News

  • An 8-year-old was driving a car that crashed into another car in the parking lot of a Walmart in Washington state on Tuesday afternoon, police said. Renton police officers responded to the store at 743 Rainier Ave. S. around 2:45 p.m. They said a father and his son were shopping inside when the son got the keys from his dad, ran ahead, started the car, put in in reverse and struck another moving car. The car hit by the young driver had a mother and her 2-month-old child inside. Renton police said there were no injuries.
  • Florida's St. Augustine Police Department said they are searching for the suspect who robbed a group of children at gunpoint at a popular park. The robbery happened at Project Swing park on Saturday around 9:30 p.m. Several signs at the park read, “For your safety, park is closed from dusk to dawn.” According to the report, the victims, whose ages are redacted, were sitting at the tables in the middle of the park when a man approached them and demanded money. In the report, one of the victims said the suspect pointed the gun into his chest when he told him he didn’t have any money. Police said the man took $16 from one of the victims before he tried to grab a backpack from the other. The victims told investigators when the suspect tried to take the backpack, they ran towards the parking garage for help. Detectives said the suspect took off running in the opposite direction toward Ketterlinus gym. By the time police responded, the suspect was gone. Investigators said they found a bag believed to belong to the suspect near the tennis courts next to the park. It was sent to the lab for DNA testing. Anyone with information on the suspect is encouraged to call the police department.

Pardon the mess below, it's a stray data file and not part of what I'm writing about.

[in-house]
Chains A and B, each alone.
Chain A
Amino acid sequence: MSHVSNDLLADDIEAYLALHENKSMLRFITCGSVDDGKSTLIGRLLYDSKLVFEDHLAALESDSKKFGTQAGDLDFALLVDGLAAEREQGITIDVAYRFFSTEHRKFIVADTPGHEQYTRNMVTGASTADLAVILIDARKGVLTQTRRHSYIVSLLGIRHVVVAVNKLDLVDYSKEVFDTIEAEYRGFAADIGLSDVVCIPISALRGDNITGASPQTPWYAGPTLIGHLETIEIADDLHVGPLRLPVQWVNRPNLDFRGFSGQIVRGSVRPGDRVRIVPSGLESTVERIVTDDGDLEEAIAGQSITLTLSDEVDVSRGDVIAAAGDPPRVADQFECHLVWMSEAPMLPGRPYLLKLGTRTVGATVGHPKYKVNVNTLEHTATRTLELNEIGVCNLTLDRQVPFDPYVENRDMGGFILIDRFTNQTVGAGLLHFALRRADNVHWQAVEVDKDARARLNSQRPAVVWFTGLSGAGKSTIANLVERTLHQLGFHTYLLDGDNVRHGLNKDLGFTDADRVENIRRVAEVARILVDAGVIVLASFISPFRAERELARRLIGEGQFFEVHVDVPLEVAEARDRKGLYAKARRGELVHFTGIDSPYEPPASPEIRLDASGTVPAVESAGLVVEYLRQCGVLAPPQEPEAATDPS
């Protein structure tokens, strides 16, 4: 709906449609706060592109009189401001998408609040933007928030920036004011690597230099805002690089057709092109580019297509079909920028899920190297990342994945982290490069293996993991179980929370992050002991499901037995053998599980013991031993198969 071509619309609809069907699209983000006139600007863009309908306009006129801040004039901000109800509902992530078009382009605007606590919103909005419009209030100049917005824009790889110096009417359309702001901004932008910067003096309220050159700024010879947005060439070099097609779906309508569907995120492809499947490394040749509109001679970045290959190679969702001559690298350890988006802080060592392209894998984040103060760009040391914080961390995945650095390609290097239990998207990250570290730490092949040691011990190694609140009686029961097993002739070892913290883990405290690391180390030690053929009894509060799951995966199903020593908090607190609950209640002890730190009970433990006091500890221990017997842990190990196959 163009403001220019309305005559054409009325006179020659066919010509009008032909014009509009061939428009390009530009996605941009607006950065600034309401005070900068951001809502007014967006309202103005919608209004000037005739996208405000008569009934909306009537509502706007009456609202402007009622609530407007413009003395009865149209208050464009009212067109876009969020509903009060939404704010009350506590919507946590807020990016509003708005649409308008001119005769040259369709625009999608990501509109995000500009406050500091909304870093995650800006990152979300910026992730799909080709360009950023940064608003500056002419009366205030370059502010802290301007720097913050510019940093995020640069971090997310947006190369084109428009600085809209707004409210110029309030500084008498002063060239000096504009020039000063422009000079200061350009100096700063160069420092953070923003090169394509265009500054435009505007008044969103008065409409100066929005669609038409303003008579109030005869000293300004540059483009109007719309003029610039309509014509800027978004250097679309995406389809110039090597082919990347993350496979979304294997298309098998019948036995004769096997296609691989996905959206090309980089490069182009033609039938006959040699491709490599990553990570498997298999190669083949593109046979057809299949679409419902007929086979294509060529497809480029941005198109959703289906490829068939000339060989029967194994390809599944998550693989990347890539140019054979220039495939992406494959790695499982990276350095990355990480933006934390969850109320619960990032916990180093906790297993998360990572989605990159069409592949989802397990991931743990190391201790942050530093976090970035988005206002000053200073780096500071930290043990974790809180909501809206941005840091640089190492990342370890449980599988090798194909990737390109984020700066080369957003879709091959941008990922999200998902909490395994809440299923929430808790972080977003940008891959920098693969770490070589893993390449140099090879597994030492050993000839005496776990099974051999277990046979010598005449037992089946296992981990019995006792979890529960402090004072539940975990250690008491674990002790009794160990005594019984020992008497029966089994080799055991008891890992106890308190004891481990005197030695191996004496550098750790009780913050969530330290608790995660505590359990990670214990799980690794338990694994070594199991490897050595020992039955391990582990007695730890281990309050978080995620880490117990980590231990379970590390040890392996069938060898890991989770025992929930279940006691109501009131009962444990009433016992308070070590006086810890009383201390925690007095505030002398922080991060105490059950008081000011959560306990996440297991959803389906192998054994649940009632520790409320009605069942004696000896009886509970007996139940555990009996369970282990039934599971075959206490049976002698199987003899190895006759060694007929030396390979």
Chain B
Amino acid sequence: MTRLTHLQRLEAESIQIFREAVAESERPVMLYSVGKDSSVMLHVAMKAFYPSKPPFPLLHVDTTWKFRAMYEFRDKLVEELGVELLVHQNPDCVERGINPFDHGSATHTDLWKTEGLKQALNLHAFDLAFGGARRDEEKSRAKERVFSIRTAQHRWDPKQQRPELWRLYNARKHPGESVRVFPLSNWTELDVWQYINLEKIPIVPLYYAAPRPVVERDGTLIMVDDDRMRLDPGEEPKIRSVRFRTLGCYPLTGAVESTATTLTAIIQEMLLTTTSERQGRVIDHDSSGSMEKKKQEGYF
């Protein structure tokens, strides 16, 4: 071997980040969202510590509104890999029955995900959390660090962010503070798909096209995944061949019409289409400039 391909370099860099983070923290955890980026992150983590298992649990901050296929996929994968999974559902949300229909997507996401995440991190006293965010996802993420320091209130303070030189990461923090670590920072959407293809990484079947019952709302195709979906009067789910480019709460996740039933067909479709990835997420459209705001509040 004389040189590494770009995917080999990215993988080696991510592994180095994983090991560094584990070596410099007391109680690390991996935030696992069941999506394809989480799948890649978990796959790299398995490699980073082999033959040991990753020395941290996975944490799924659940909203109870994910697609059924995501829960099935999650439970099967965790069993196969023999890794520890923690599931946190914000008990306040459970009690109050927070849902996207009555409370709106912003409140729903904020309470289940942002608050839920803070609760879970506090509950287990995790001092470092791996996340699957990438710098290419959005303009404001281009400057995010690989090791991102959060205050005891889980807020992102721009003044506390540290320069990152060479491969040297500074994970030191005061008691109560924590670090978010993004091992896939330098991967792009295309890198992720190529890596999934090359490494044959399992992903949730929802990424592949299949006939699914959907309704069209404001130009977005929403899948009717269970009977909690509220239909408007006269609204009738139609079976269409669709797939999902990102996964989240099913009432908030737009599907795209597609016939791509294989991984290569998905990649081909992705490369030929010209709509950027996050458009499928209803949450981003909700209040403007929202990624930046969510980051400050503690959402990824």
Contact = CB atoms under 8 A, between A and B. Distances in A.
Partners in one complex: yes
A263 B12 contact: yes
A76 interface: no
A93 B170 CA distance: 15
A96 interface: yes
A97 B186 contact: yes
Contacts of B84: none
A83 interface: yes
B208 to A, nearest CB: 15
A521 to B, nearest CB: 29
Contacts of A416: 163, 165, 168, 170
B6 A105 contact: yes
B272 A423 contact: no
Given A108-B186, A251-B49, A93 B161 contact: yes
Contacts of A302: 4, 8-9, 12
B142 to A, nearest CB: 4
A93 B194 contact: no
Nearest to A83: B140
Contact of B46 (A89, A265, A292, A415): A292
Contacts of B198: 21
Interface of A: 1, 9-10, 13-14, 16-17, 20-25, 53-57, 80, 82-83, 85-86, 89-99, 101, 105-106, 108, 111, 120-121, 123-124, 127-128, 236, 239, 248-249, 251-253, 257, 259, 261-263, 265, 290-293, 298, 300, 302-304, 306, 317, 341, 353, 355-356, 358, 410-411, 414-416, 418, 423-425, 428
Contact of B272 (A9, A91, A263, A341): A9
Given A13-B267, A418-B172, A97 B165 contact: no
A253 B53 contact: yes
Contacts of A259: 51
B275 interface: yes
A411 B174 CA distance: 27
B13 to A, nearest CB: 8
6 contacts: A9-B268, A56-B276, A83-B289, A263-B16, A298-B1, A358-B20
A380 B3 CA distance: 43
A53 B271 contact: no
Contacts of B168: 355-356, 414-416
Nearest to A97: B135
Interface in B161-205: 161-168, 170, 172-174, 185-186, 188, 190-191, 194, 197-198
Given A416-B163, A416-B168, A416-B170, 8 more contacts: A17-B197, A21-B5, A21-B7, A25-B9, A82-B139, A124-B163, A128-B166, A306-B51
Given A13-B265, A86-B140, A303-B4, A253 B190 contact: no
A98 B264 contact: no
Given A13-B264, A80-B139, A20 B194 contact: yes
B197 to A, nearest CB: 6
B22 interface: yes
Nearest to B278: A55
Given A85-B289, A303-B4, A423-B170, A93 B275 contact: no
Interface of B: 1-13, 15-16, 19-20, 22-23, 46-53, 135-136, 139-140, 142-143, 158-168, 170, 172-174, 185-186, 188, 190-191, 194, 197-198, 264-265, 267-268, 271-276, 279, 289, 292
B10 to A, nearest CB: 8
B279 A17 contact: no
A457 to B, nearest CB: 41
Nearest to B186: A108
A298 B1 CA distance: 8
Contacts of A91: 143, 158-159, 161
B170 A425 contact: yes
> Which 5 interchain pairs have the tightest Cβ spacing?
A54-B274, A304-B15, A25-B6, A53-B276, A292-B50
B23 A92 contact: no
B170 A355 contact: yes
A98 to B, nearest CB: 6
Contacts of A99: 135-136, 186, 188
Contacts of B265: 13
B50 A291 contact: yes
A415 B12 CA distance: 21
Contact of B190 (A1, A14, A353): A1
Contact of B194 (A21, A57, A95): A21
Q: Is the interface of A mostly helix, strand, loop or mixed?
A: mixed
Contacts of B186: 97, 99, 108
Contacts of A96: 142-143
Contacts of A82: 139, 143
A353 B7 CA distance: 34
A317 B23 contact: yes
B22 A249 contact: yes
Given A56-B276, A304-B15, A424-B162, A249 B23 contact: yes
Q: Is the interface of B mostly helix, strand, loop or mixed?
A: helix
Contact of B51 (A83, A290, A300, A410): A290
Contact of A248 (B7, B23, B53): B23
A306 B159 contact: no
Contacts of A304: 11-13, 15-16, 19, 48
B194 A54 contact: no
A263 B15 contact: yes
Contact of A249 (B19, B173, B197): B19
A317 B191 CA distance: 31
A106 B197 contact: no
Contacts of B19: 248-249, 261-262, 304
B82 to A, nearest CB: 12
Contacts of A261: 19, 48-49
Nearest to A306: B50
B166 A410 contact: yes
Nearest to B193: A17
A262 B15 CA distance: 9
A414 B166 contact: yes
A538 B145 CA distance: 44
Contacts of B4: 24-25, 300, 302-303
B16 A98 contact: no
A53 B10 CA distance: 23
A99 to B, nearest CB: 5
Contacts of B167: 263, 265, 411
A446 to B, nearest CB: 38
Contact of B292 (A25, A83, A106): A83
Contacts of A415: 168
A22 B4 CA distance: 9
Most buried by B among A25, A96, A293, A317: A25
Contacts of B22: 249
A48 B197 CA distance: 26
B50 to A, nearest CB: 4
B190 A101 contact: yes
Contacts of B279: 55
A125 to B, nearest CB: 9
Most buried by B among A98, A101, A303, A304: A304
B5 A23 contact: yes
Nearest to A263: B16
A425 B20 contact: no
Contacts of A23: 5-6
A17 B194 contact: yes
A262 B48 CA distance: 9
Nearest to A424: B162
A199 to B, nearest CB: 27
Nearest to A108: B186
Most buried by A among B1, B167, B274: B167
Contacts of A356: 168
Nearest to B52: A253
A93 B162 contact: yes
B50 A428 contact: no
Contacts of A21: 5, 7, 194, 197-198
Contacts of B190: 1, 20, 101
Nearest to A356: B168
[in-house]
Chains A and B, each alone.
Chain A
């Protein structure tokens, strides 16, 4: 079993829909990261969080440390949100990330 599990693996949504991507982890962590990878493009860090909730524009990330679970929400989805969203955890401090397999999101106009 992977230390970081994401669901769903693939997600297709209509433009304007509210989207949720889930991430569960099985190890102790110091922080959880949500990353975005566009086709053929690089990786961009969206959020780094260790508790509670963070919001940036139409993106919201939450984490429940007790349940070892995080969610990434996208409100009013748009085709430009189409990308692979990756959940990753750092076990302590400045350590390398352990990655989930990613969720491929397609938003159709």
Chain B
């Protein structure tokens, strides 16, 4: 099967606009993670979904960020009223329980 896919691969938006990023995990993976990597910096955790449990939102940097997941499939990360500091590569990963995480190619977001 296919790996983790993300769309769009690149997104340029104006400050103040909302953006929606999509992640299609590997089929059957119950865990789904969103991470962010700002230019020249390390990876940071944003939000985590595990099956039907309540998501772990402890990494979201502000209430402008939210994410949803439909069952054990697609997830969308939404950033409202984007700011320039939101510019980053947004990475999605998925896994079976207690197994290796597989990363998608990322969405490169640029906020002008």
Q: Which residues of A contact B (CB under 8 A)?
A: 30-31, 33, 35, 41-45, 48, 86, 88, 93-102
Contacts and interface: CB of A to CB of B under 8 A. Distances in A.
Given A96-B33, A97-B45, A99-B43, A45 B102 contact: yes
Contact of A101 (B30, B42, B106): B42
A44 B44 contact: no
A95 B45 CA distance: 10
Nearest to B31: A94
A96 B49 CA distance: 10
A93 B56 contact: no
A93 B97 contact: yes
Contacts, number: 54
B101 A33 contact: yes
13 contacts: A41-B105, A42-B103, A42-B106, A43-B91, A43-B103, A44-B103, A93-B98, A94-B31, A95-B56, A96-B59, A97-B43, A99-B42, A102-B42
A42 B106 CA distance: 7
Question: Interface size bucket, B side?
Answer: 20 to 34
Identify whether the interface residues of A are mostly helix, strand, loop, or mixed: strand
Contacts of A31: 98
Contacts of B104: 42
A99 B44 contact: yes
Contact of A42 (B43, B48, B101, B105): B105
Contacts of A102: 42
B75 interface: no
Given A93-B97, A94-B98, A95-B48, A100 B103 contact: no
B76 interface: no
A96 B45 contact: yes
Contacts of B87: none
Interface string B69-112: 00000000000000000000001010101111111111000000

• A 77-year-old man was punched in the face as he walked into a grocery store in Gwinnett County, Georgia, and now police are looking for the person responsible. It happened at the Kroger on Braselton Highway, and it all started in the fire lane in front of the store. It happened at the Kroger on Braselton Highway, and it all started in the fire lane in front of the store. The victim, who did not want to be identified by name, said on Jan. 23 around 4:30 p.m. he pulled up, saw someone parked there, and on his way inside the store, he said, “You're not supposed to park here.” Police said surveillance video shows a woman, who was in the parked car in the fire lane outside, go in the store, walk up to the victim and say something. Officials said a man who was with her then assaulted the 77-year-old man. “And the next thing I know, this jerk comes around and just cold-cocks me right flat on the floor,” the victim said. Witnesses told police they couldn’t believe it happened. The suspect took off and police are still looking for him now. There’s video of the assault that Kroger cameras recorded, but investigators said they’re not releasing it yet because the case is still open. “I had no idea he was even in the place until he came round in front and punched me,” the victim said. The incident is a reminder to shoppers that you may want to tell police when someone is doing something illegal instead of saying something to that person. You never know what they are going to do.